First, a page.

Most staff don’t like colleagues who pull sickies

Two-thirds of employees are fed up with fellow workers pulling ‘sickies’ when they are not really ill, a Ceridian survey showed.

The HR services provider’s report found that two-thirds of employees either strongly disapproved of or did not think it fair that fellow workers took sickies.

Ceridian’s survey of 1,050 employees also revealed that they took an average of 8.5 days off in the past year, and 64% of employers trusted the reasons they gave for their absence enough not to require a sicknote for absences of less than five days and did not record details of the reported illness. 

Doug Sawers, managing director of Ceridian in the UK, said the generally low tolerance of fellow employees taking sickies provided an opportunity for employers to police absences.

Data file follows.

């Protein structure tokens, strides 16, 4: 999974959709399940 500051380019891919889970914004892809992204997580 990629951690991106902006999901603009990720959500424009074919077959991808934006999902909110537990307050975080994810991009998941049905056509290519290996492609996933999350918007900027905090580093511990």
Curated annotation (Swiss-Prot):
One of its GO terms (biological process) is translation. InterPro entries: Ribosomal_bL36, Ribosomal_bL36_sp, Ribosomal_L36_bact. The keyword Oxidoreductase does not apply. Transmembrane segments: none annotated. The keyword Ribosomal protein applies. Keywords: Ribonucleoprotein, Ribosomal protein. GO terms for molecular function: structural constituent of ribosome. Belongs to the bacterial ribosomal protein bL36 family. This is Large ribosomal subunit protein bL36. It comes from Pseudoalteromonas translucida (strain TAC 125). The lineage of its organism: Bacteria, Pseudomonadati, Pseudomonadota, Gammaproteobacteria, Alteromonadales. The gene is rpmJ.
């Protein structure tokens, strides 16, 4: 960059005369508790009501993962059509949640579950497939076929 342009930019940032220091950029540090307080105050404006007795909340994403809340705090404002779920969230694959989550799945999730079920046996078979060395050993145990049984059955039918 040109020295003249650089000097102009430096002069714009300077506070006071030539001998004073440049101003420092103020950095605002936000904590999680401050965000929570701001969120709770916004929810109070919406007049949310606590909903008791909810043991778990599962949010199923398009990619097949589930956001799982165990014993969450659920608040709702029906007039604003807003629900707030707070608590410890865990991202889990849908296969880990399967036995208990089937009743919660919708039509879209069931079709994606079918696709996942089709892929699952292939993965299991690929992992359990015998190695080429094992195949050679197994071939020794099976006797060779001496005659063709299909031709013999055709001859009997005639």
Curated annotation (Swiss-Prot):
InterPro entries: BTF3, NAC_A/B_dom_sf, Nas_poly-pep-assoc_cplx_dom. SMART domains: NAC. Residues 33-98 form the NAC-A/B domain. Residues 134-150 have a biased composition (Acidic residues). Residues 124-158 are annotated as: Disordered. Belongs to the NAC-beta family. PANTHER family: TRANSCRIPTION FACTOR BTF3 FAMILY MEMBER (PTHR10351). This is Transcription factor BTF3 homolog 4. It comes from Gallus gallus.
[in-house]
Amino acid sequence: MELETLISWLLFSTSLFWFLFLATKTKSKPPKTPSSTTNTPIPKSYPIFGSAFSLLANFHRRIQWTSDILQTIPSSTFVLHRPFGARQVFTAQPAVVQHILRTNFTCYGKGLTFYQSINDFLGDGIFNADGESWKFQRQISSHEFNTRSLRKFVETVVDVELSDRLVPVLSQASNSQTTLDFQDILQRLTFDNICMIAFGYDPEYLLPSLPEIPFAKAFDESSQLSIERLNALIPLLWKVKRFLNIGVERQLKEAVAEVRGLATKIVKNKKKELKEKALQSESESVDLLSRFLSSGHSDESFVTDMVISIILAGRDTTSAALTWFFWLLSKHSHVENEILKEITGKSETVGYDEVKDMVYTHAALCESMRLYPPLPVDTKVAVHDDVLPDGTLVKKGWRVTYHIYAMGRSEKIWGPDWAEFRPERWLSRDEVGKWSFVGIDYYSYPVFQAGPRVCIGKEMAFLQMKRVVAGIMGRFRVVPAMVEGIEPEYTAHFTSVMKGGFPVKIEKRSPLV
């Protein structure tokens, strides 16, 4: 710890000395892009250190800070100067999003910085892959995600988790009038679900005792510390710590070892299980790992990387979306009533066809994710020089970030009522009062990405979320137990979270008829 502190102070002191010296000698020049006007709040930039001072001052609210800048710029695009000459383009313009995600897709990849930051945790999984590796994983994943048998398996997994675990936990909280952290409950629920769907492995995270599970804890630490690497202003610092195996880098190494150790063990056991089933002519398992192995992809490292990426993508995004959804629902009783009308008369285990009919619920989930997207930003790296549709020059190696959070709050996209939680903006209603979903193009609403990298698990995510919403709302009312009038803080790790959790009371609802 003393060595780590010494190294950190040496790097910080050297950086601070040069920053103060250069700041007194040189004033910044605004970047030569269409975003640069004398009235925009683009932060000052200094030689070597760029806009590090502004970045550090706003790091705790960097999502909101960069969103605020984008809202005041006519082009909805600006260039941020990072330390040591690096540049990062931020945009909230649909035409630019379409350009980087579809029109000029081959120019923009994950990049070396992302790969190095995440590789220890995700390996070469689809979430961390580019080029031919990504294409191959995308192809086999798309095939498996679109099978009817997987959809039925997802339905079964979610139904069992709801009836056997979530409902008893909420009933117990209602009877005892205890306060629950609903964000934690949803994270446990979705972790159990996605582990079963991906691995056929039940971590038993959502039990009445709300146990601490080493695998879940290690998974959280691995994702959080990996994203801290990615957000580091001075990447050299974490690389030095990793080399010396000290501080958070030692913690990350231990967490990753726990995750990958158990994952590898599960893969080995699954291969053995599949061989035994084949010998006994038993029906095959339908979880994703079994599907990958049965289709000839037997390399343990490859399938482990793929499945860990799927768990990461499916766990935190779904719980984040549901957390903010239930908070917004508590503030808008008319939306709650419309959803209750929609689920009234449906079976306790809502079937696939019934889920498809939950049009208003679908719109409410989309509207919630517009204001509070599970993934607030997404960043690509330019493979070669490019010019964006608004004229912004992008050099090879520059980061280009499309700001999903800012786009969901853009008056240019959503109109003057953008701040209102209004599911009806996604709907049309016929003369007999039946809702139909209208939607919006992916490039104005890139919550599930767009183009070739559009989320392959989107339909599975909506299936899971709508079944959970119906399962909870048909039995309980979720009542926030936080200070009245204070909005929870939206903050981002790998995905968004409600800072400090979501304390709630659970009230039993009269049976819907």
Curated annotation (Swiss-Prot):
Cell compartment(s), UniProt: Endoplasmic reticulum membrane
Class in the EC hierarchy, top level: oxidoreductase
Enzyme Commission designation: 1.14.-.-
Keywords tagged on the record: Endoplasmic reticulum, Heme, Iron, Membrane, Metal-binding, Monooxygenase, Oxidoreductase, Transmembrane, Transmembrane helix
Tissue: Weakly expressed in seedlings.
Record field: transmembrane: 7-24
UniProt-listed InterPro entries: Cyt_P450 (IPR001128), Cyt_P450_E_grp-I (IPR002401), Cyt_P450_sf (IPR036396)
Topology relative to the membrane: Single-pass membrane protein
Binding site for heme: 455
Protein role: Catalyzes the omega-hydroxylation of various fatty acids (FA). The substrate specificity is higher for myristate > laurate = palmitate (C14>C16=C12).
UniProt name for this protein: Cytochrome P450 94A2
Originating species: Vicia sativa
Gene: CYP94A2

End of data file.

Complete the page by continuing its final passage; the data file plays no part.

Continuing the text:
He said: “According to the CBI, absence due to ill health is costing British business £13bn per year. 

“When it comes to genuine reasons for absence, the average number of days off per year is driven up by a relatively small number of employees taking many days off. 

“If employers concentrated on helping these employees to reduce the numbers of days absent from work then they could significantly improve overall organisational performance, both financially and in terms of customer service.”

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